Bridging the gap between general and special education Call – +44-74800-56698 Which collaborative practices can bridge the gap between general and special education? Introduction: The unwarranted changes in the domain of public…
Call – +44-74800-56698
Which collaborative practices can bridge the gap between general and special education?
The unwarranted changes in the domain of public education have reformed conventional perspectives with respect to approaches for education. One of the prominent factors that are observed on a general basis is the accountability of all institutions for the progress of children that is supported by the various changes in the public policies regarding education. However, it is imperative to understand the distinct requirements of special education intended for children with disabilities in order to accomplish comprehensive and productive outcomes with respect to education (Best & Kahn, 2016). Hence the practices for general and special education are associated with formidable disparities which have to be resolved in order to assist all students in leveraging the optimal benefits of education irrespective of their characteristics. Therefore, collaboration accounts as one of the prolific practices that can enable teachers to realize the objective of reducing the gap in methodologies for general and special education.

The significance of the research question could be identified clearly on the basis of references to the frequently changing regulations and conventions with respect to education as well as the implications of changing responsibilities of special education teachers. The role of teachers in perceiving the different standards of special and general education and implementing them could also be accounted for as one of the reasons for emphasizing explicitly on the research topic. The following assessment is intended to provide a clear description of a literature review pertaining to the research questions focused on the identification of collaborative practices that could resolve the gaps between special and general education. The other factors that are included in the assessment reflect profoundly on the comprehensiveness of the literature and limitations observed in the same. The other significant aspects that are included in the following assessment include a discussion on the relevance of literature for educators in the context of the research question as well as the capabilities of the literature review for addressing the questions. Additional factors for supporting the research could be identified in the form of concerns for future research and recommendations for addressing them.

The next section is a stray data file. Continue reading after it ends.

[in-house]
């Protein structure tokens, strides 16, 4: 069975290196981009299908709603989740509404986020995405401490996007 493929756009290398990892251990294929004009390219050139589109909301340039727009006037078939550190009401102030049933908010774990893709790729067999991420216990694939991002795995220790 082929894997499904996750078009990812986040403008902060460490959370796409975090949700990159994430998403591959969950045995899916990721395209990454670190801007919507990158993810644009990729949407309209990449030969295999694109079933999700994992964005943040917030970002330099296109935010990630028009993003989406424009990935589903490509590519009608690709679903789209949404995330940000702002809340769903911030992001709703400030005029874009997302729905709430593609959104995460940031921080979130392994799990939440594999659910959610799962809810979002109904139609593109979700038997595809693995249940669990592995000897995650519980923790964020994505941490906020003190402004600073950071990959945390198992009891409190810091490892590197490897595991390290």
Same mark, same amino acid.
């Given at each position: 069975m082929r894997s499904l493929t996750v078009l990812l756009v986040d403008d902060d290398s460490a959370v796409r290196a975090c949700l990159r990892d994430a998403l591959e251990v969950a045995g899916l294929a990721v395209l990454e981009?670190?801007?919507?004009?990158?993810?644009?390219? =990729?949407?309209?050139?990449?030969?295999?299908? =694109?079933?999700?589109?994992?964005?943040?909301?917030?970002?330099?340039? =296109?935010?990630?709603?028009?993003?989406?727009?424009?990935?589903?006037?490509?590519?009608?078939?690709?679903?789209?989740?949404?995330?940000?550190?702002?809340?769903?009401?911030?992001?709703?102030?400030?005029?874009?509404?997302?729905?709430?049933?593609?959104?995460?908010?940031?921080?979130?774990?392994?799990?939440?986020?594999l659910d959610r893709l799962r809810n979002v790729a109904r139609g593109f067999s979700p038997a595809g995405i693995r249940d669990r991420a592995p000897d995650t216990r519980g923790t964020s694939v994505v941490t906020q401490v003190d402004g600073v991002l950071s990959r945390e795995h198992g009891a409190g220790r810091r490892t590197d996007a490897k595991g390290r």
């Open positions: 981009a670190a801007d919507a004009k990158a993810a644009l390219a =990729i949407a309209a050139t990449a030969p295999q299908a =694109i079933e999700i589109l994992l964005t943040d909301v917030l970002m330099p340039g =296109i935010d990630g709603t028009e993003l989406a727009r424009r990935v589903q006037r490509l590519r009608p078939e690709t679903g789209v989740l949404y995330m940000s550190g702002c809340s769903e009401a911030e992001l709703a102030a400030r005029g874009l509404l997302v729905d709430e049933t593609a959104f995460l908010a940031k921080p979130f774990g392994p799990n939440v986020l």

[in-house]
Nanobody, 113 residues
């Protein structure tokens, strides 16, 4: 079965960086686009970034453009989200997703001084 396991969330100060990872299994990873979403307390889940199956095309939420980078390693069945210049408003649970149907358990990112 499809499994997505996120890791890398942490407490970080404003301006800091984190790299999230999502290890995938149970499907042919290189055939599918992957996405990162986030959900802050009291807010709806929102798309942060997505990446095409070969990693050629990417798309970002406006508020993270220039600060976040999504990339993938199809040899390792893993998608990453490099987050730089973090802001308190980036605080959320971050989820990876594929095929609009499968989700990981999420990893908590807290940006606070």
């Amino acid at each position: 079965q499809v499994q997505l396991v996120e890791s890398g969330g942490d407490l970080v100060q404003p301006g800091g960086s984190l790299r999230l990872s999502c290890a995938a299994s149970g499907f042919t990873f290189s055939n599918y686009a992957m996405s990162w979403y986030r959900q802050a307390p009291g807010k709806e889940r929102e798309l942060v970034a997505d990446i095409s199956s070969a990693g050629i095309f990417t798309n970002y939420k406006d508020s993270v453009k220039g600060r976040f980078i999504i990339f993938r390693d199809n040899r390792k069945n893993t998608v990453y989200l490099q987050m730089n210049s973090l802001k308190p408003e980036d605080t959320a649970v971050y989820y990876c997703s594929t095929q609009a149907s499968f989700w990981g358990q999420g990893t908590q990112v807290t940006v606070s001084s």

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Literature review:
One of the most profound aspects that are responsible for introducing the necessity of collaboration between general and special education can be identified from literature sources is the changes in perception of general and special education as well as the standards responsible for initiating demands for collaboration. The prominent references to the Salamanca’s statement in UNESCO in 1994 and the UNESCO’s Convention on the Rights of Persons with Disabilities in 2006 have implied the increasing prevalence of inclusive practices all across the work alongside prominent references to the continents of Europe and Greece (Coughlin, 2017). Therefore the concept of inclusive schools started to gain momentum and accounted for the accommodation of relevant technical and educational factors that could provide educational facilities to all students in general education. As per Coughlin (2017), students that are characterized by special educational needs could attend general education programs and could be enrolled in classes appropriate to their ages for the majority of the complete duration of schooling (Coughlin, 2017). The variety of debates regarding inclusion were emphasized on the feasibility of coexistence of students with special educational needs and general education students in similar settings as well as the attitudes of teachers and other members in the schooling community towards the same. Along with the prominent demands in political circles regarding the benefits of inclusion towards strengthening equality, there has been profound empirical evidence that implies inflexible nature and insufficient resourcing capabilities in educational systems which influences the educational processes and outcomes for a pool of students with diverse characteristics.
Collaboration Of Special Education And General Education Teachers